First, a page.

Judge Robinson noted that the Court first had to determine the relevant market before analyzing the competitive effect of the defendant’s challenged activity. The parties did not dispute that the relevant market was the sale of general acute inpatient hospital services to insurers in the Charlotte area. 

Judge Robinson then analyzed whether the plaintiffs had adequately alleged an adverse effect on competition. Judge Robinson required that the plaintiffs first had to plead adequately that Carolinas HealthCare possessed market power within the relevant market. The judge determined that the plaintiffs’ allegations, which included: (1) that Carolinas HealthCare had a market share of approximately 50% of the relevant market; (2) that the hospital’s largest competitor had less than half of Carolinas HealthCare’s annual revenues; and (3) that licensing requirements and acquiring suitable sites for hospitals to build created significant barriers to entry, sufficiently alleged market power.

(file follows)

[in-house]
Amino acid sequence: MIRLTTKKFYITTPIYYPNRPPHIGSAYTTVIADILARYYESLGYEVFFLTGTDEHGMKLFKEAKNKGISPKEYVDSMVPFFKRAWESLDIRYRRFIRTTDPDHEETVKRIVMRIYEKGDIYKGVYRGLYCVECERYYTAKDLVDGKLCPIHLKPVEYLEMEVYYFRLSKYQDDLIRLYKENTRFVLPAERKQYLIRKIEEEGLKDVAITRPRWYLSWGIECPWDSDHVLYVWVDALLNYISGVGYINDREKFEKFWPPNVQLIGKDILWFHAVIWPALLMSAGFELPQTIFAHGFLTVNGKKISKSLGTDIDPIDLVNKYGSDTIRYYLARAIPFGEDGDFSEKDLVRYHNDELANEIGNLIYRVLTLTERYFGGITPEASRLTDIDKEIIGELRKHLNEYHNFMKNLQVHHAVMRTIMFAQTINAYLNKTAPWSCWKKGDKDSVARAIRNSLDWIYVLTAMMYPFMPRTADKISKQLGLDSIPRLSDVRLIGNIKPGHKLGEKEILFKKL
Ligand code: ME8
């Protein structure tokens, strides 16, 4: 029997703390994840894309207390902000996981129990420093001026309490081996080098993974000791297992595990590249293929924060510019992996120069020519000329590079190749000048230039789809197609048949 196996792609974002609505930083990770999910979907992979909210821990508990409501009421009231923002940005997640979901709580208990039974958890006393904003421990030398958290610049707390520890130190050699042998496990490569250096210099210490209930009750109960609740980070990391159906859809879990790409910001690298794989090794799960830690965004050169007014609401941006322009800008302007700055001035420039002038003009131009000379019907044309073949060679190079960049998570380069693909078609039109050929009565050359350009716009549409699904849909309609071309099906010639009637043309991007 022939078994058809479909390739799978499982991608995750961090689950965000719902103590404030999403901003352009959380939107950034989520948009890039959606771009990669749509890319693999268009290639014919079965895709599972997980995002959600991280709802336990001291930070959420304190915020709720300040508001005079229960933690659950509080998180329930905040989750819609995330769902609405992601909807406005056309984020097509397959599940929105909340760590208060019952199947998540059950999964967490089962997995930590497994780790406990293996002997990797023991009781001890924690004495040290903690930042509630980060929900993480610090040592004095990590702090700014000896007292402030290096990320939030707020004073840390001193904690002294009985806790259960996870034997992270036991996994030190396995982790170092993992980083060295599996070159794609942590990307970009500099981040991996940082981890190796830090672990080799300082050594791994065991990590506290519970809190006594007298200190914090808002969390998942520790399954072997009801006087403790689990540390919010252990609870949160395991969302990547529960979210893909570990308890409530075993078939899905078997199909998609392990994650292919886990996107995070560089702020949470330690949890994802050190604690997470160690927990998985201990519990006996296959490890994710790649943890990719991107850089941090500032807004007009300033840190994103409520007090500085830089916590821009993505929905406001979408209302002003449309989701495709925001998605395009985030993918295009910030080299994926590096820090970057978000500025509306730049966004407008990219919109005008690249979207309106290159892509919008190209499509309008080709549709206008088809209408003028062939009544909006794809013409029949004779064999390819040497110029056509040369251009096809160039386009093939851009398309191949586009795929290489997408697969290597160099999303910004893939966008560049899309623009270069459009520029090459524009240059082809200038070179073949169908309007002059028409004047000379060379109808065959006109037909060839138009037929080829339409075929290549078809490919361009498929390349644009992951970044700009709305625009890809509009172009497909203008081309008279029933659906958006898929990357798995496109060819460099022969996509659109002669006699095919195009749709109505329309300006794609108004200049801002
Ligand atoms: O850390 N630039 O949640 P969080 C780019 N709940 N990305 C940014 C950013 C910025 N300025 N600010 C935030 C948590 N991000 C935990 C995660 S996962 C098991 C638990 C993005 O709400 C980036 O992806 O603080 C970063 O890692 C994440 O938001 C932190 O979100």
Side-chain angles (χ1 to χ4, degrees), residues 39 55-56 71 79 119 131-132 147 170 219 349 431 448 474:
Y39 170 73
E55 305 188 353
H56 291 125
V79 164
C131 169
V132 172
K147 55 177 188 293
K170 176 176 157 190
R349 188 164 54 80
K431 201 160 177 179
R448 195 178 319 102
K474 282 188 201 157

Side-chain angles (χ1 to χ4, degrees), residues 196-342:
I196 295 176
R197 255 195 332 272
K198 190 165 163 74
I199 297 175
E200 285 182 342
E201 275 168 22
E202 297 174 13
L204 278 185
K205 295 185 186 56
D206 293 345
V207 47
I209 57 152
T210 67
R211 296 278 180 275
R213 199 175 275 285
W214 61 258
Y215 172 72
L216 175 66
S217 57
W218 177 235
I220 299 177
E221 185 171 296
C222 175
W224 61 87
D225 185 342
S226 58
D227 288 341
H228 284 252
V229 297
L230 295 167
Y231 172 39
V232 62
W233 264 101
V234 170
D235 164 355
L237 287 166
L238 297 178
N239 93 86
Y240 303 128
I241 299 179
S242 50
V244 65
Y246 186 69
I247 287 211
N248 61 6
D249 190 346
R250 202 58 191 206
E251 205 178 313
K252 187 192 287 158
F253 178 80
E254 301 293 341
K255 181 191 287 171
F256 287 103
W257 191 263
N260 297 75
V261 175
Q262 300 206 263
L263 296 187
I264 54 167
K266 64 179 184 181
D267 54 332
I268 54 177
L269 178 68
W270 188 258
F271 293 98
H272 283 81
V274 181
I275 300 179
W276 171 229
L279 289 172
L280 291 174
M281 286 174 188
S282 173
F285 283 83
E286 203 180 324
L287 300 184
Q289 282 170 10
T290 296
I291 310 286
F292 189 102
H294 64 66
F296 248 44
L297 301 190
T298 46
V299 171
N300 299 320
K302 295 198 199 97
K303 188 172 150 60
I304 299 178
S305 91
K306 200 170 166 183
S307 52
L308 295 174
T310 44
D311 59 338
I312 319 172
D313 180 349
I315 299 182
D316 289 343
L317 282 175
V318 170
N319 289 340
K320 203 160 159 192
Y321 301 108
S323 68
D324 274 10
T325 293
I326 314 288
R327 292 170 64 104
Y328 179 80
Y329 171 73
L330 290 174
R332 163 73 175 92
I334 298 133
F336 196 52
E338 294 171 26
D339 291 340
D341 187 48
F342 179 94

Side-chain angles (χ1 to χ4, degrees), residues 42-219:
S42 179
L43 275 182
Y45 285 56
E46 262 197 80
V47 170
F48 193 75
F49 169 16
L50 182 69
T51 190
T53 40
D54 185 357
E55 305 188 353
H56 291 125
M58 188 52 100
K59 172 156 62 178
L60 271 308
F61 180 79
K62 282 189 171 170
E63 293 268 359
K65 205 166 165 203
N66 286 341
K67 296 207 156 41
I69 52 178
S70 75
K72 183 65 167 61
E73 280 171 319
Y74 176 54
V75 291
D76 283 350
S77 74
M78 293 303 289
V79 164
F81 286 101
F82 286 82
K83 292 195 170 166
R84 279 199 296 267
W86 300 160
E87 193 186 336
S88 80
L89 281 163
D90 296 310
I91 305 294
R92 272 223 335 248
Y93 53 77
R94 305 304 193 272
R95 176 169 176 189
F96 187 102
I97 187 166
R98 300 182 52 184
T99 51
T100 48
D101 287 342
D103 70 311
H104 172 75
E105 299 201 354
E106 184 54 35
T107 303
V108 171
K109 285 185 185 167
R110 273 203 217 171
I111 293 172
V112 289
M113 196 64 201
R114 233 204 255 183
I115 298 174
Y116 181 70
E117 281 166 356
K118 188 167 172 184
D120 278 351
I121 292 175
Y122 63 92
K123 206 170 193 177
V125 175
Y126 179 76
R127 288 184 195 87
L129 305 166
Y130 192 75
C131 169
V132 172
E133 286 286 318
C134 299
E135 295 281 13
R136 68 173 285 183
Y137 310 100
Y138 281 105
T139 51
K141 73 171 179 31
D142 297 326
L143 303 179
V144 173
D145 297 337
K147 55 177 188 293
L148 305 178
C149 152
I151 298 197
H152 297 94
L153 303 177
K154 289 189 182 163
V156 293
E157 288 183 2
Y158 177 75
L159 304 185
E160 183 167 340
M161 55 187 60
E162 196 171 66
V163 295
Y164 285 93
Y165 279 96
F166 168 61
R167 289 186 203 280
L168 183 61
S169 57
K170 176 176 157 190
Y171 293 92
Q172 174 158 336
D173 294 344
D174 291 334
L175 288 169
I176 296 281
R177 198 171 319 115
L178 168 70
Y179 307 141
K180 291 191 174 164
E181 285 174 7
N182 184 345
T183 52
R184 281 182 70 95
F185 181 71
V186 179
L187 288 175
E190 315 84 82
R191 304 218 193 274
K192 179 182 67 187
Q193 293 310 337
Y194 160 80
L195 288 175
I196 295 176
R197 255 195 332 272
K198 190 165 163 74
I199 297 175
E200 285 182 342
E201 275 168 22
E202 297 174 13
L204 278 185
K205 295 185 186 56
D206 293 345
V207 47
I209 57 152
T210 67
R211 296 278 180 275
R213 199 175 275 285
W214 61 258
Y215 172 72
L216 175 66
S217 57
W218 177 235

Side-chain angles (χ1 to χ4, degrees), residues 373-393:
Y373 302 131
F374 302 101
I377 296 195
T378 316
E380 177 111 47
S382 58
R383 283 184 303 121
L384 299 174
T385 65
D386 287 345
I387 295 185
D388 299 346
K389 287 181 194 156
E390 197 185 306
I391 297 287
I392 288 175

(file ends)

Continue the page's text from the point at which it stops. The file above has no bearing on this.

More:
Finally, Judge Robinson detailed the potential anti-competitive effects flowing from Carolinas HealthCare’s alleged conduct. The plaintiffs had alleged that the anti-steering provisions contained in the insurance contracts had the following anti-competitive effects:

  • Protecting Carolinas HealthCare’s market power and enabling the hospital to charge supercompetitive prices;
  • Substantially lessening competition among service providers;
  • Restricting the introduction of innovative insurance products that could lower prices;
  • Reducing consumer incentives to obtain treatment for more cost-effective providers;
  • Depriving insurers and insureds of the benefits of a competitive market for services;
  • Reducing the number of insurance plans from which consumers can choose.

Judge Robinson held that the plaintiffs’ factual allegations were sufficient to overcome the motion for judgment on the pleadings. The judge did not require the plaintiffs to prove that alleged anticompetitive risks outweighed Carolinas HealthCare’s pro-competitive justifications, which would be the plaintiffs’ ultimate burden under the rule of reason analysis. The plaintiffs only needed to allege sufficient anti-competitive effects of the challenged conduct in order to get past the pleading stage.